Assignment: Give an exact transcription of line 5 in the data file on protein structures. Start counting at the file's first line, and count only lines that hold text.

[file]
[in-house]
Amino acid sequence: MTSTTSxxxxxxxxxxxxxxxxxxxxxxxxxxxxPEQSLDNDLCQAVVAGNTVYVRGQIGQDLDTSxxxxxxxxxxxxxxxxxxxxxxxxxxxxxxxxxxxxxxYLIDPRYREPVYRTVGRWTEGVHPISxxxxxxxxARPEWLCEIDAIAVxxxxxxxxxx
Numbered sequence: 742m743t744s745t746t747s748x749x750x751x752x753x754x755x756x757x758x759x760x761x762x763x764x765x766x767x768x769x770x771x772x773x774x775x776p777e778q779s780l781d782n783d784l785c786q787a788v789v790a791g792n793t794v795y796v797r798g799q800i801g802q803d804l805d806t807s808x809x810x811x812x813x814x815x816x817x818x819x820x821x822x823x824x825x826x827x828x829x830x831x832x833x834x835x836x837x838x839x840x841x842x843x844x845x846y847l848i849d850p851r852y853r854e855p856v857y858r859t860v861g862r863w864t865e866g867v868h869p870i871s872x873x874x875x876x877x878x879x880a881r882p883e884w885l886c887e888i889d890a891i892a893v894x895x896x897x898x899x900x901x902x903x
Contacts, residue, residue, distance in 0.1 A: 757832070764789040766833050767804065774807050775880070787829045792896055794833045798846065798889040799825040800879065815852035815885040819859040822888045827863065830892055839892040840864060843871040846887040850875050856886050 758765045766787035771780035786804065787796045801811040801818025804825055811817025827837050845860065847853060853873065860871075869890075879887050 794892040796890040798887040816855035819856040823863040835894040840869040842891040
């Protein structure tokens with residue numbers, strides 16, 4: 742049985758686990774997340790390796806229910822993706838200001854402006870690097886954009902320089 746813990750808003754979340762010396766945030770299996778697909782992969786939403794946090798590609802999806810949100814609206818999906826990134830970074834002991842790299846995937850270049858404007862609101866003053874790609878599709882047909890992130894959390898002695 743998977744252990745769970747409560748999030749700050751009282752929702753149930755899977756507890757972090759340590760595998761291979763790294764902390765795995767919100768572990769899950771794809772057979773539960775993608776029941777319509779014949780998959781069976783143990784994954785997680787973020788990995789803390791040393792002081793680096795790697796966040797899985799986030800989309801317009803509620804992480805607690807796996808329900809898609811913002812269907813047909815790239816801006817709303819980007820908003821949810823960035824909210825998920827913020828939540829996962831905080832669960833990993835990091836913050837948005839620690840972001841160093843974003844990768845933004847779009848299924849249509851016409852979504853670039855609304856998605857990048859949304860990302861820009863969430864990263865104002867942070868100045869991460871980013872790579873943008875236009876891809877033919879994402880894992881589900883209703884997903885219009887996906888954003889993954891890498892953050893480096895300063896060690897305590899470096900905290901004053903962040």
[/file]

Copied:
């Protein structure tokens with residue numbers, strides 16, 4: 742049985758686990774997340790390796806229910822993706838200001854402006870690097886954009902320089 746813990750808003754979340762010396766945030770299996778697909782992969786939403794946090798590609802999806810949100814609206818999906826990134830970074834002991842790299846995937850270049858404007862609101866003053874790609878599709882047909890992130894959390898002695 743998977744252990745769970747409560748999030749700050751009282752929702753149930755899977756507890757972090759340590760595998761291979763790294764902390765795995767919100768572990769899950771794809772057979773539960775993608776029941777319509779014949780998959781069976783143990784994954785997680787973020788990995789803390791040393792002081793680096795790697796966040797899985799986030800989309801317009803509620804992480805607690807796996808329900809898609811913002812269907813047909815790239816801006817709303819980007820908003821949810823960035824909210825998920827913020828939540829996962831905080832669960833990993835990091836913050837948005839620690840972001841160093843974003844990768845933004847779009848299924849249509851016409852979504853670039855609304856998605857990048859949304860990302861820009863969430864990263865104002867942070868100045869991460871980013872790579873943008875236009876891809877033919879994402880894992881589900883209703884997903885219009887996906888954003889993954891890498892953050893480096895300063896060690897305590899470096900905290901004053903962040």